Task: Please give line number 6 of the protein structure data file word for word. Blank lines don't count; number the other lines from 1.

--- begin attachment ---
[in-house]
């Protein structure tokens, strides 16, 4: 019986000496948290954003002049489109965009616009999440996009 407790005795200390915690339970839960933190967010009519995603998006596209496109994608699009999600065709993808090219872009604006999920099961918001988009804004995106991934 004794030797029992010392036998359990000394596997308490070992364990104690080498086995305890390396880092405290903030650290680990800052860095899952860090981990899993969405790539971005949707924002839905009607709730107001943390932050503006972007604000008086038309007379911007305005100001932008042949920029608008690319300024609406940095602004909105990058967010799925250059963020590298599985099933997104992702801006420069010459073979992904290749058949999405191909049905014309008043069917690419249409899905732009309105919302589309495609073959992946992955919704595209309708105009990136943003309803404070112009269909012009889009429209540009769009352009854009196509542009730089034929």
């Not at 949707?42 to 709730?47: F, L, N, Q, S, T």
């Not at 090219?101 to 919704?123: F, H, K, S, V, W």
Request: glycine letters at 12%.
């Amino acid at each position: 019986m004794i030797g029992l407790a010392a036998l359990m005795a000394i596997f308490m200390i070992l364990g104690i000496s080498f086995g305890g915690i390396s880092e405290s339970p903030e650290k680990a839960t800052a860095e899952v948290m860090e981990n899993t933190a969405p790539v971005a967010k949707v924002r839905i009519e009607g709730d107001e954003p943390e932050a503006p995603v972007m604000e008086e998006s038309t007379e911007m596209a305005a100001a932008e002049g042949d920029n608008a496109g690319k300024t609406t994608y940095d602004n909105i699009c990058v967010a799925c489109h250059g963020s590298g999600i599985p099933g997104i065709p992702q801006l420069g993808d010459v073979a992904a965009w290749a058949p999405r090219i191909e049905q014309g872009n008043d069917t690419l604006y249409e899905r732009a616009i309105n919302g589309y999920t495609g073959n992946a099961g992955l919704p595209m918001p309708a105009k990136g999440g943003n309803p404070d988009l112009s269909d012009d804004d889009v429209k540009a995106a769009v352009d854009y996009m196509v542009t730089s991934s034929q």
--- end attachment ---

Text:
């Amino acid at each position: 019986m004794i030797g029992l407790a010392a036998l359990m005795a000394i596997f308490m200390i070992l364990g104690i000496s080498f086995g305890g915690i390396s880092e405290s339970p903030e650290k680990a839960t800052a860095e899952v948290m860090e981990n899993t933190a969405p790539v971005a967010k949707v924002r839905i009519e009607g709730d107001e954003p943390e932050a503006p995603v972007m604000e008086e998006s038309t007379e911007m596209a305005a100001a932008e002049g042949d920029n608008a496109g690319k300024t609406t994608y940095d602004n909105i699009c990058v967010a799925c489109h250059g963020s590298g999600i599985p099933g997104i065709p992702q801006l420069g993808d010459v073979a992904a965009w290749a058949p999405r090219i191909e049905q014309g872009n008043d069917t690419l604006y249409e899905r732009a616009i309105n919302g589309y999920t495609g073959n992946a099961g992955l919704p595209m918001p309708a105009k990136g999440g943003n309803p404070d988009l112009s269909d012009d804004d889009v429209k540009a995106a769009v352009d854009y996009m196509v542009t730089s991934s034929q």